The difference is that Facebook—unlike, say, General Motors (GM)—relies heavily on stock options and restricted stock units as a form of compensation. It paid out a lot during its years as a private company that it must now recognize on its income statement and balance sheet.
You won’t find any $429 million tax refund in Facebook’s financial statements. Indeed, the company says it had a $559 million federal tax liability in 2012. But that liability isn’t an actual payment. In a footnote, the company also said that it had a $1.03 billion “excess tax benefit” last year related to “stock option exercises and other equity awards.” That benefit is what flips the federal tax liability into a refund. (A small portion is applied against state taxes.)
Facebook says that it anticipates reducing its tax liability in the future by an additional $2.17 billion by using further net operating loss carry-forwards that it has banked.
Facebook spokeswoman Ashley Zandy declined to discuss the tax break but pointed to the transcript of Facebook executives’ conference call with analysts. On the call, Chief Financial Officer David Ebersman cited the accumulated tax benefits and noted that the company ended the fiscal year with nearly $10 billion in cash and investments, “giving us great flexibility and risk protection.”

SEC sues over Heinz option trading before buyout

(Reuters) - U.S. securities regulators filed suit on Friday against unknown traders in the options of ketchup maker H.J. Heinz Co, alleging they traded on inside information before the company announced a deal to be acquired for $23 billion by Warren Buffett's Berkshire Hathaway Inc and Brazil's 3G Capital.
The suit, in federal court in Manhattan, cites "highly suspicious trading" in Heinz call options just prior to the February 14 announcement of the deal. The regulator has frequently in past filed suit against unnamed individuals where it has evidence of wrongdoing, but is still trying to uncover the identities of those involved.
That trading, the suit said, caused the price of the particular call option they bought to soar 1,700 percent and generated unrealized profits of more than $1.7 million.
The regulator claims the traders are either in, or trading through accounts in, Zurich, Switzerland. The account had no history of trading in Heinz over the last six or so months.
It has also obtained an emergency order to freeze assets in the Swiss account linked to the trading. In the suit, the SEC refers to the account as the "GS Account" and in a statement Goldman Sachs Group Inc said it was cooperating with the regulator's investigation.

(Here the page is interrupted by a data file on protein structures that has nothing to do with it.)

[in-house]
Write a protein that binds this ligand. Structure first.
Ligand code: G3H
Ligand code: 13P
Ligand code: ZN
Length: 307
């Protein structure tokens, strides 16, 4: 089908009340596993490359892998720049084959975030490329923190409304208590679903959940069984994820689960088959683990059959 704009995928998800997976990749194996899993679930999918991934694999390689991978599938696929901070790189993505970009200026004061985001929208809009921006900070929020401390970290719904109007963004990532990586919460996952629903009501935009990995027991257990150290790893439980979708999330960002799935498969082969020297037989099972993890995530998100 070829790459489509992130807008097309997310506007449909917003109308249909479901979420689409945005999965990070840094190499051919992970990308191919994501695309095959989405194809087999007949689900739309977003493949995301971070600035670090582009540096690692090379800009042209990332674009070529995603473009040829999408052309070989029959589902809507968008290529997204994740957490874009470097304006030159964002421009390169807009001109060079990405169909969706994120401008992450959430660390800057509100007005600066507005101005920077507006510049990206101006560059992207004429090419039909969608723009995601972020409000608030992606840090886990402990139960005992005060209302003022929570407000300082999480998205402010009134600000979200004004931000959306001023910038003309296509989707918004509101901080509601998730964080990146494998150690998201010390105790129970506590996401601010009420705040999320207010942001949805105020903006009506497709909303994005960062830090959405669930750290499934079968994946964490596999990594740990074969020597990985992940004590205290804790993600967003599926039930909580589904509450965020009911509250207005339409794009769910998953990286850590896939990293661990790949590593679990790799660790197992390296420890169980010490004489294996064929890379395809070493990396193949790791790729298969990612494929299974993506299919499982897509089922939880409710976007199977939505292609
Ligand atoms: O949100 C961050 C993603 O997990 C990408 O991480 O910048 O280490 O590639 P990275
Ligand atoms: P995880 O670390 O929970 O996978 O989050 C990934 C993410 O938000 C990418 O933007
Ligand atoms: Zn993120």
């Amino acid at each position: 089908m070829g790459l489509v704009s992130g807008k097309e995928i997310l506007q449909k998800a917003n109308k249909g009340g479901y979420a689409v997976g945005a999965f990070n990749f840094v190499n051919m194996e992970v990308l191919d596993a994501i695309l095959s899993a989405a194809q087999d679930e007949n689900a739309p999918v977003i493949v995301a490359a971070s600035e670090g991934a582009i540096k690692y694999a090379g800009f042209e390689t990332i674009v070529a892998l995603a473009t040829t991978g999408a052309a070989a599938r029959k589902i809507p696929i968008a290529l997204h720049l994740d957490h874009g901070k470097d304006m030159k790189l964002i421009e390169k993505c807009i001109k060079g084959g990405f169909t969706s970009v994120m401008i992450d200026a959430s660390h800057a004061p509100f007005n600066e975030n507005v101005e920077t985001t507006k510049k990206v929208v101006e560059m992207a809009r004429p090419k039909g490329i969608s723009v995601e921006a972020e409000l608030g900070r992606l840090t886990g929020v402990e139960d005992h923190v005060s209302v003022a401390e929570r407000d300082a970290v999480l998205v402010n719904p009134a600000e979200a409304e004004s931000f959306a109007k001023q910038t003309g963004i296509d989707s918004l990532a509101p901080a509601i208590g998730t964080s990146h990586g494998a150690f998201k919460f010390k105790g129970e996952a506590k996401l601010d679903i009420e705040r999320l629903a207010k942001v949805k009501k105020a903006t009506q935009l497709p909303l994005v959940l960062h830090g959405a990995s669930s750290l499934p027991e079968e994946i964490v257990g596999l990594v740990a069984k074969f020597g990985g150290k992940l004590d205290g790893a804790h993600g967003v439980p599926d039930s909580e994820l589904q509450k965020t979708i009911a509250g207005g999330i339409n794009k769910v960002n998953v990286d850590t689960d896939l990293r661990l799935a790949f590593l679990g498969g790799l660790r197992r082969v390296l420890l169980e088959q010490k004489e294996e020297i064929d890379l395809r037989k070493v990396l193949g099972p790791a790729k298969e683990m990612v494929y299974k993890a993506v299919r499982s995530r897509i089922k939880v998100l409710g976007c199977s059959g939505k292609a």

"Irregular and highly suspicious options trading immediately in front of a merger or acquisition announcement is a serious red flag that traders may be improperly acting on confidential nonpublic information," Daniel Hawke, chief of the SEC's Division of Enforcement's Market Abuse Unit said in a statement.
Representatives of Heinz and Berkshire Hathaway were unavailable for immediate comment. A 3G representative declined to comment. The founder of 3G, Jorge Paulo Lemann, is from Brazil, but has made a home in Switzerland since the 1990s. He has not been implicated in any wrongdoing related to the deal.
After the deal was revealed on Thursday, options market experts called Wednesday's trading "suspicious and incredibly well-timed." [ID:nL1N0BEBMR]
The suit marks the second time in less than six months that the SEC has taken action over a 3G acquisition. In September 2012, the regulator got a court order to freeze the assets of a Wells Fargo & Co stockbroker who allegedly traded on inside information about 3G's 2010 acquisition of Burger King.
In that case, the SEC said the stockbroker got the information from a client who had invested in one of 3G's funds.
The suit also marks the second time in two years that controversy has erupted over a Berkshire acquisition target.
In March 2011, Berkshire struck a deal to buy chemical company Lubrizol for $9 billion. Less than three weeks later, Berkshire said Buffett lieutenant David Sokol was resigning and disclosed he had been buying Lubrizol shares while pushing Buffett to acquire the company. The SEC dropped a probe into Sokol's trading earlier this year.
The suit is Securities and Exchange Commission v. Certain Unknown Traders in the Securities of H.J. Heinz Co, U.S. District Court, Southern District of New York, No. 13-1080.
(Reporting by Jonathan Stempel and Bernard Vaughan.; Writing by Ben Berkowitz.; Editing by Leslie Adler, David Gregorio Tim Dobbyn and Andre Grenon)

It’s the Interest, Stupid! Why Bankers Rule the World

In the 2012 edition of Occupy Money released last week, Professor Margrit Kennedy writes that a stunning 35% to 40% of everything we buy goes to interest. This interest goes to bankers, financiers, and bondholders, who take a 35% to 40% cut of our GDP. That helps explain how wealth is systematically transferred from Main Street to Wall Street. The rich get progressively richer at the expense of the poor, not just because of “Wall Street greed” but because of the inexorable mathematics of our private banking system.